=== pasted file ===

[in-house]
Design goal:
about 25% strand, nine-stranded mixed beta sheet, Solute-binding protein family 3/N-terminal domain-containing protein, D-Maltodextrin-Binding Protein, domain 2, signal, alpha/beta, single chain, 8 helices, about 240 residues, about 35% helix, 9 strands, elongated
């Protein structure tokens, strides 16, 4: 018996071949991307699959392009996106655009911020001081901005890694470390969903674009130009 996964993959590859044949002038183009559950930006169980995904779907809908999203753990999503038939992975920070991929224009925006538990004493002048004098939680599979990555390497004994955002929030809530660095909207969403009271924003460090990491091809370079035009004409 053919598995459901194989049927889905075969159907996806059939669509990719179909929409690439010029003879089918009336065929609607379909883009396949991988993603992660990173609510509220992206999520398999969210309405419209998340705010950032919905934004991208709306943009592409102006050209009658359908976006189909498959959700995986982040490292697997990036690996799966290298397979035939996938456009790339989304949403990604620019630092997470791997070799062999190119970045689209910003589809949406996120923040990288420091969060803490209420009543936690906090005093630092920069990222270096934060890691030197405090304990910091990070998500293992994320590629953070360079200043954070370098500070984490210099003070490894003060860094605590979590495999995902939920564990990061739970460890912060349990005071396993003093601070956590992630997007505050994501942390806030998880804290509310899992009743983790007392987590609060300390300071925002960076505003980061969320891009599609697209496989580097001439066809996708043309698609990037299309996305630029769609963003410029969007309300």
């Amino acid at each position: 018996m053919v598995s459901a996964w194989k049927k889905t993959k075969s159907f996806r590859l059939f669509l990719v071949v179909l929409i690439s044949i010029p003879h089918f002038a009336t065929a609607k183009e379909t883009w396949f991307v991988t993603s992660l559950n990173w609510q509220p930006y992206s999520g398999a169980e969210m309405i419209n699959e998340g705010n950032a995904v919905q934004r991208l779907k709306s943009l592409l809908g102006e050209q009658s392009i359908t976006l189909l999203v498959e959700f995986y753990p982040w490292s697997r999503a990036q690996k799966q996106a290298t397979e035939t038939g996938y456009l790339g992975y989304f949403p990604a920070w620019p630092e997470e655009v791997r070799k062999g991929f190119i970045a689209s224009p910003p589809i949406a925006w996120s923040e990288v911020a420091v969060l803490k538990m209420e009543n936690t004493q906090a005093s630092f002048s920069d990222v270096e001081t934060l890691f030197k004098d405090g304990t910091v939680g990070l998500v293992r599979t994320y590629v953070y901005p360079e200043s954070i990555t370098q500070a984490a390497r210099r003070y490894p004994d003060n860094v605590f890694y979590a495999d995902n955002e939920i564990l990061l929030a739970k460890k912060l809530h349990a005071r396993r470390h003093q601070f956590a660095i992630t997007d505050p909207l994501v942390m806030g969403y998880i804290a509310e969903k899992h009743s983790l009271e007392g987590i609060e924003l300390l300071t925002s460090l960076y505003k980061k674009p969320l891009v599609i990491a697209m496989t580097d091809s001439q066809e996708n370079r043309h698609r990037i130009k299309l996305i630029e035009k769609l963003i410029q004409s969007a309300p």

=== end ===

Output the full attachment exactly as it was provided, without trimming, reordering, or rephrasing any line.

[in-house]
Design goal:
about 25% strand, nine-stranded mixed beta sheet, Solute-binding protein family 3/N-terminal domain-containing protein, D-Maltodextrin-Binding Protein, domain 2, signal, alpha/beta, single chain, 8 helices, about 240 residues, about 35% helix, 9 strands, elongated
């Protein structure tokens, strides 16, 4: 018996071949991307699959392009996106655009911020001081901005890694470390969903674009130009 996964993959590859044949002038183009559950930006169980995904779907809908999203753990999503038939992975920070991929224009925006538990004493002048004098939680599979990555390497004994955002929030809530660095909207969403009271924003460090990491091809370079035009004409 053919598995459901194989049927889905075969159907996806059939669509990719179909929409690439010029003879089918009336065929609607379909883009396949991988993603992660990173609510509220992206999520398999969210309405419209998340705010950032919905934004991208709306943009592409102006050209009658359908976006189909498959959700995986982040490292697997990036690996799966290298397979035939996938456009790339989304949403990604620019630092997470791997070799062999190119970045689209910003589809949406996120923040990288420091969060803490209420009543936690906090005093630092920069990222270096934060890691030197405090304990910091990070998500293992994320590629953070360079200043954070370098500070984490210099003070490894003060860094605590979590495999995902939920564990990061739970460890912060349990005071396993003093601070956590992630997007505050994501942390806030998880804290509310899992009743983790007392987590609060300390300071925002960076505003980061969320891009599609697209496989580097001439066809996708043309698609990037299309996305630029769609963003410029969007309300």
């Amino acid at each position: 018996m053919v598995s459901a996964w194989k049927k889905t993959k075969s159907f996806r590859l059939f669509l990719v071949v179909l929409i690439s044949i010029p003879h089918f002038a009336t065929a609607k183009e379909t883009w396949f991307v991988t993603s992660l559950n990173w609510q509220p930006y992206s999520g398999a169980e969210m309405i419209n699959e998340g705010n950032a995904v919905q934004r991208l779907k709306s943009l592409l809908g102006e050209q009658s392009i359908t976006l189909l999203v498959e959700f995986y753990p982040w490292s697997r999503a990036q690996k799966q996106a290298t397979e035939t038939g996938y456009l790339g992975y989304f949403p990604a920070w620019p630092e997470e655009v791997r070799k062999g991929f190119i970045a689209s224009p910003p589809i949406a925006w996120s923040e990288v911020a420091v969060l803490k538990m209420e009543n936690t004493q906090a005093s630092f002048s920069d990222v270096e001081t934060l890691f030197k004098d405090g304990t910091v939680g990070l998500v293992r599979t994320y590629v953070y901005p360079e200043s954070i990555t370098q500070a984490a390497r210099r003070y490894p004994d003060n860094v605590f890694y979590a495999d995902n955002e939920i564990l990061l929030a739970k460890k912060l809530h349990a005071r396993r470390h003093q601070f956590a660095i992630t997007d505050p909207l994501v942390m806030g969403y998880i804290a509310e969903k899992h009743s983790l009271e007392g987590i609060e924003l300390l300071t925002s460090l960076y505003k980061k674009p969320l891009v599609i990491a697209m496989t580097d091809s001439q066809e996708n370079r043309h698609r990037i130009k299309l996305i630029e035009k769609l963003i410029q004409s969007a309300p």